“Every man makes his own deal”. Still one of the best comebacks I’ve ever heard.
I was 30 years old and making enough money to choke a horse. It was the first time I had dipped my toe into an obnoxious level of income, and it went straight to my head.
I didn’t handle it well.
My work game was on point, but as a human, I had slowly deteriorated into a real jerk. In a moment of true idiocy, I tried to rib a coworker about another guy getting hired at his position, but at higher pay. He simply looked at me, unfazed, and said “Every man makes his own deal. I made mine, and I have to live with it.”
I didn’t even have a comeback.
In a moment that seemed like nothing, it was one of the key moments for me in bringing my ego into check.
First of all, I have no idea why I would ever even say that to someone. I wasn’t raised that way, and I sure didn’t want someone to do that to me. Secondly, his point was so clear and so concise and it had so much conviction. I think of it now, almost daily.
In my life, in its many reincarnations, I have, without exaggeration, made millions and millions of dollars for myself and probably hundreds of millions for others. I have traveled everywhere I want to travel, been part of the most insane parties and experiences, and created and blown up more relationships than I even care to talk about. But in the end, financially, and in life, I made my own deal. No matter how it ends, it was my choice.
I think about this now as I watch these baseball players complain publicly online and in the media about money. Part of it infuriates me because, for a sports investor like me, I look at their delay and possible cancelation of the season as a potential loss of hundreds of thousands of dollars into my pocket. Baseball is one of my strongest markets, after all.
But I hold back my emotions because I get it. Every man makes his own deal, and it is not up to us to judge that man for doing so. Even if that man makes 7 million dollars to throw a ball. =)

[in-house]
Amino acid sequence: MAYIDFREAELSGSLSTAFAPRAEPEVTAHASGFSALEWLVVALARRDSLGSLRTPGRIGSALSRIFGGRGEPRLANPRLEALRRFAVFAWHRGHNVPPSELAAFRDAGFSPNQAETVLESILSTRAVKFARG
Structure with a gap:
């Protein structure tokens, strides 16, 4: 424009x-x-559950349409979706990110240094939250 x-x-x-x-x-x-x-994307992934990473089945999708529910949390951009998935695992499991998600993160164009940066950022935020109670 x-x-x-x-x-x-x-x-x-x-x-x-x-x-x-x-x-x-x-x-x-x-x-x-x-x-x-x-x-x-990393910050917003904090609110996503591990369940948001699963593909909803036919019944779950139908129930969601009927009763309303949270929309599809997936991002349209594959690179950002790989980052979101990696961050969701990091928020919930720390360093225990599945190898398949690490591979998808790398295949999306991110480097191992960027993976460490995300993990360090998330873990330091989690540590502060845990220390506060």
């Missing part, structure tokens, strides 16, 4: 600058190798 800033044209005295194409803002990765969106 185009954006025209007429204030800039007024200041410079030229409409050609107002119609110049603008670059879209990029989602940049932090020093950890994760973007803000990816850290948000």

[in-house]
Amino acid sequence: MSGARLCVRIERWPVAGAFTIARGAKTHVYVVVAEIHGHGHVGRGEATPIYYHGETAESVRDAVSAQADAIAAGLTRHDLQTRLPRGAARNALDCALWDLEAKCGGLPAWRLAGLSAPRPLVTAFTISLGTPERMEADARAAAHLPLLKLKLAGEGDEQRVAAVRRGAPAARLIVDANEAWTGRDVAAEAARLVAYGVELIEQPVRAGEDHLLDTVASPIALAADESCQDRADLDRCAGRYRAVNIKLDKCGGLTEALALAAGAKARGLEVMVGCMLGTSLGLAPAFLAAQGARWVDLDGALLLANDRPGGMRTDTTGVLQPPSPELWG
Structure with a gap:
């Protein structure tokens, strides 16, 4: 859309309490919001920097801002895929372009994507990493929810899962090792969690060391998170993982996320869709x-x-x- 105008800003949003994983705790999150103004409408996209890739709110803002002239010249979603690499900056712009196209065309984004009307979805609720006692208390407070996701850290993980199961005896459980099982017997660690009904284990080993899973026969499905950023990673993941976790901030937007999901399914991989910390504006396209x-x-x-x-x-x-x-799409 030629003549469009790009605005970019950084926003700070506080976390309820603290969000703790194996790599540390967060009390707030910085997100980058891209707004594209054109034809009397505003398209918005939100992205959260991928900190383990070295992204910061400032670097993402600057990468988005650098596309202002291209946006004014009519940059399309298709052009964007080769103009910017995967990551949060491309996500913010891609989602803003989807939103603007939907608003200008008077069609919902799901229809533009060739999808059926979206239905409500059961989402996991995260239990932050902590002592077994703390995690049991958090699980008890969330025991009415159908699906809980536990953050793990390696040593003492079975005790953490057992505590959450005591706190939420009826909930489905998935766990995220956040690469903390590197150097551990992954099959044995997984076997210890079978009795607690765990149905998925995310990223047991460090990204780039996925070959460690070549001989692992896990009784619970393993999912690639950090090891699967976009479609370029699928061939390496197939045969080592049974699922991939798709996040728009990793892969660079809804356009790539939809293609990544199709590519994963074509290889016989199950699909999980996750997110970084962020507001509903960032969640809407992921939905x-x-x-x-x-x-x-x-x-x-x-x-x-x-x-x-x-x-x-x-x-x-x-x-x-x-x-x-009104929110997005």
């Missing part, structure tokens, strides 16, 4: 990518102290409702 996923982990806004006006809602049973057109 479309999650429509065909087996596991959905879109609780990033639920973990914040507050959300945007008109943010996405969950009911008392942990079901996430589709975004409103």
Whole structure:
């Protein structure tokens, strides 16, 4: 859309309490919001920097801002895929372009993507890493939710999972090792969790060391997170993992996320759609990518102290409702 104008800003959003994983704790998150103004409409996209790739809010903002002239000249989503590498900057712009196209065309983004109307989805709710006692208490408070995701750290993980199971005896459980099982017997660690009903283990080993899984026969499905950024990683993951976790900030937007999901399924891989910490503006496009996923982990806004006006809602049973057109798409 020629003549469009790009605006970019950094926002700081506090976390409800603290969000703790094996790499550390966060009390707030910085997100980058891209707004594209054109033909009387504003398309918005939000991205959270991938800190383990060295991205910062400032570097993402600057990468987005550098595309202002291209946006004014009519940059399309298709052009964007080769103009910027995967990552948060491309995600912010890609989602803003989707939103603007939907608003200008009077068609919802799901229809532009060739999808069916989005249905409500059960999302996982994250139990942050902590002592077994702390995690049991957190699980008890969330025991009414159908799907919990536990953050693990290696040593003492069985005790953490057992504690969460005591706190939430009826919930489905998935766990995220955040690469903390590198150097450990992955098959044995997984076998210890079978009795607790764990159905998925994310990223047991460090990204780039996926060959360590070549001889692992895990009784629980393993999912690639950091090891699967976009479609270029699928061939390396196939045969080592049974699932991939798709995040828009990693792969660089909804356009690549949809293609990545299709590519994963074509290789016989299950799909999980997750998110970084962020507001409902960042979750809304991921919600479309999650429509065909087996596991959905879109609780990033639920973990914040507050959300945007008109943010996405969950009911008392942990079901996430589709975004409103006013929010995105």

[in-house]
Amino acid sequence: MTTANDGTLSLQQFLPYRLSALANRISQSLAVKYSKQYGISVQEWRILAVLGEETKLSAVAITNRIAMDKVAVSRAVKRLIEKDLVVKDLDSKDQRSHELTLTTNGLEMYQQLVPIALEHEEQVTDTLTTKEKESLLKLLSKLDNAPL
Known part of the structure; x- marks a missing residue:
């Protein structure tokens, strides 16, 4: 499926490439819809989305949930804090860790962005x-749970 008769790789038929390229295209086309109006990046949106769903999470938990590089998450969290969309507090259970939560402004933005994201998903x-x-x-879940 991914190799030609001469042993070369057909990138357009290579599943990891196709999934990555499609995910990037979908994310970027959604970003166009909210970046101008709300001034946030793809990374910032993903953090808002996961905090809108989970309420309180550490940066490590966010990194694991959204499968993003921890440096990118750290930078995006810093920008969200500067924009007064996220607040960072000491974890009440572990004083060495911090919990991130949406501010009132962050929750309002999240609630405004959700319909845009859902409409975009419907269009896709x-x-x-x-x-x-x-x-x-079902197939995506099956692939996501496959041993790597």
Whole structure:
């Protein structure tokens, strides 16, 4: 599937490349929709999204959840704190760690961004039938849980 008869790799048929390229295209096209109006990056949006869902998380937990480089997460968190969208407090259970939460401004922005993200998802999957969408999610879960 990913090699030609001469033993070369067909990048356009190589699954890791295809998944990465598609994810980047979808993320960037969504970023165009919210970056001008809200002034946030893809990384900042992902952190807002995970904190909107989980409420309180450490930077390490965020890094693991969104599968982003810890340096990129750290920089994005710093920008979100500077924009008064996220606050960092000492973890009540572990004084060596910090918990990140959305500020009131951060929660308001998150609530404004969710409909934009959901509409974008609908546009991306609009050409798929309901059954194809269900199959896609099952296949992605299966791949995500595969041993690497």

But I am not worried. The one thing I also know is that greed is the motivator of all man, which means a deal will get done, and I think it will get done soon. It will simply come down to this: Do the players want to make money this year or not? Because I can’t see the owners going forward with a plan that does not include a significant pay reduction of some kind.
Forbes wrote an excellent article talking about the losses each team could incur without fans in the audience, saying that the teams believe that the proposed method of saving the season would result in a $4 billion loss for MLB if no agreement is reached with the players.
I attached the chart below and have the link to the original article here. The Yankees alone would lose $312 million dollars just this year.
Money is a motivator. The team owners signed a deal to start the league back up in a few weeks, and now the ball is in the players’ courts. They just need to make their own deal.
Stay tuned, because I am working in the ScoreMetrics Lab with the team and developing some new systems that will dominate the new season. Keep opening these newsletters and checking back, you don’t want to miss the information.